How These 3 Businesses Are Changing Their Industries Through the Transparency That Leads to Trust
Whole Foods and Patagonia are big brands that have done it. How about yours?
5 min read
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Trust is the cornerstone of a company’s brand, but it must be earned. Today’s consumers are smarter, more demanding and able to access more information about a product or service. In fact, Search Engine Land found that 88 percent of consumers surveyed said they trusted online reviews as much as personal recommendations.
That’s why, to meet buyer expectations, more and more businesses are working to establish a foundation of trust by increasing transparency.
Transparency as a means to trust
Transparency requires entrepreneurs to be open about key aspects of their business, including their operations, supply chains and performance. According to a 2016 study by Label Insight, 94 percent of respondents agreed that it was important to them that the brands and manufacturers they buy from be transparent about what is in their food and how it is made.
While this study was specific to the food industry, the demand for product transparency that it documented might be applied to all industries. The study also found that transparent companies were rewarded, with 37 percent of the consumers surveys saying that they would switch brands to those offering this degree of openness.
Transparency equals trust, the survey implied; and brands that earn this trust attracted customer loyalty, in return.
Whole Foods’ Lesson
Whole Foods Market is known for its healthy offerings of fresh, prepared and processed food. However, the brand took a hit when a class action lawsuit accused the company of mislabeling products as not being genetically engineered (“non-GMO”), when in fact they were.
Whole Foods responded with the commitment that all products in its U.S. and Canadian stores would be labeled by this year, 2018, as to whether they contain genetically modified organisms (GMOs). The company thus became the first national grocery chain to set a deadline for full GMO transparency.
The positive consumer response to Whole Foods Market’s GMO transparency has pushed other stores to some level of commitment to non-GMO products, too. Kroger and Safeway announced that they would no longer sell genetically modified salmon. Dannon Corporation recently made a non-GMO ingredient option and clear-labels commitment to its consumers.
What started as a pledge by Whole Foods to better label its products has expanded into a National Mandatory Bioengineered (BE) Food Disclosure Standard. The U.S. Department of Agriculture is currently soliciting comments toward the final rules.
Patagonia’s supply chain
A company’s supply chain ensures that it has the needed materials to produce a product, but today’s consumers are questioning the environmental and social costs of those materials.
As a result, there is a growing movement toward supply chain transparency, and Patagonia is leading the way. The company brings new partners into its supply chain using the “4-Fold” approach, which evaluates sourcing, quality, social and environmental factors. The company’s commitment to transparency is found in its Footprint Chronicles, published factory lists and Cleanest Line blog.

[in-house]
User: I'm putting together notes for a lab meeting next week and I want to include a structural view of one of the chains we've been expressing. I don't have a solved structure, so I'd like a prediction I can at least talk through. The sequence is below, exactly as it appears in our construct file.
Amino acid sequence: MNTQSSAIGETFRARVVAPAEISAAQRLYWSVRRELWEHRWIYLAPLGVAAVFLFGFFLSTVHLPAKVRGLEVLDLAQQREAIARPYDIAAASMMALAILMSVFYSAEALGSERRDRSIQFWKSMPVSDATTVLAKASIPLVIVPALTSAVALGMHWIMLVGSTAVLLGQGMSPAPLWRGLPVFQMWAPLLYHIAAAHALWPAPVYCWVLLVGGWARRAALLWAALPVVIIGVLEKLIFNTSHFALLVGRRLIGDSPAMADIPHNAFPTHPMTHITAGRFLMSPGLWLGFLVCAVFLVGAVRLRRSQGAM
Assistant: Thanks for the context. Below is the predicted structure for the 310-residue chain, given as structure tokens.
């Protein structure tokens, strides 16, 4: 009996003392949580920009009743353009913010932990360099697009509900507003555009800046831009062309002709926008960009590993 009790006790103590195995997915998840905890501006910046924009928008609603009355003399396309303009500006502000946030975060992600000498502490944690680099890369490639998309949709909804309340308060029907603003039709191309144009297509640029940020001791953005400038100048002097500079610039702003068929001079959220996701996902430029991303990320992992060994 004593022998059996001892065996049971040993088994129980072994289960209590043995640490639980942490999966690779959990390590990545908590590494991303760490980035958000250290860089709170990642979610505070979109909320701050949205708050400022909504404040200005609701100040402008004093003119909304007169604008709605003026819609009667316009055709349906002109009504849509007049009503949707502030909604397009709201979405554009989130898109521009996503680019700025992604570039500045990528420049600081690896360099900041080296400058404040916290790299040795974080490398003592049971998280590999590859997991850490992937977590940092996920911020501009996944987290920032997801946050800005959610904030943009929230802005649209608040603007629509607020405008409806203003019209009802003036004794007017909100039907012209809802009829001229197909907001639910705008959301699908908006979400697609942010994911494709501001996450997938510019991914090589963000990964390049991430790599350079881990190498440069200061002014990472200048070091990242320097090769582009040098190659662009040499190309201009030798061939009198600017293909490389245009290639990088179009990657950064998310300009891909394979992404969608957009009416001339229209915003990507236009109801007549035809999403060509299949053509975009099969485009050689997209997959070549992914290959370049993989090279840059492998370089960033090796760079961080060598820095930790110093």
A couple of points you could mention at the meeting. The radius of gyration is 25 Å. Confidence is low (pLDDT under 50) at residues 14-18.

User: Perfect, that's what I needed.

Patagonia has transformed its supply chain into one of its biggest brand elements through transparency and trust.
Meanwhile, other industries are making moves along the same lines:
- The Estée Lauder Company recently committed to a transparent supply chain with regard to child labor.
- A recent study by Human Rights Watch documented the need to incorporate human rights into clothing and footwear supply chains.
- The food industry is facing both internal and external pressures to develop transparent supply chains due to food product recalls.
ClearAid’s charitable giving
There is a real need for charitable giving across every topic from childhood cancer to environmental protections, but the trust in many nonprofit organizations may be waning. When charities like the Red Cross, the Wounded Warrior Project and the Cancer Fund of America are cited for lost or misappropriated funds, the honor of all charities is questioned. A recent MissionBox survey found that nearly 60 percent of respondents would give less to charities than they had in the past as a direct result of nonprofit and charity scandals.
ClearAid seeks to restore public trust and increase charitable giving to nonprofit organizations through transparency in how monies are spent and crowdfunding is controlled. It uses a blockchain system that records and stores donations made and combines this technology with smart contracts that can result in refunds to donors if specific charity goals are not met.
Together, these systems allow potential donors to trust that their gifts are being spent exactly as they’d intended. ClearAid’s ultimate goal is to create crowd-based governance of charities that would approve or decline projects, manage transactions and oversee charitable operations.
In the nonprofit world as well as the commercial one, transparency equals trust, which ensures that charities that are honorable can continue to make a difference in our world.
Businesses from grocery store chains to manufacturers rely on transparency to increase the trust quotient of their brand. As consumers appreciate the value this adds to their purchasing and giving decisions, they will demand this level of transparency from more businesses and charities.
Whatever your own business, integrate transparency into your marketing and business model: Then use it to build trust to increase customer loyalty and gain a competitive edge.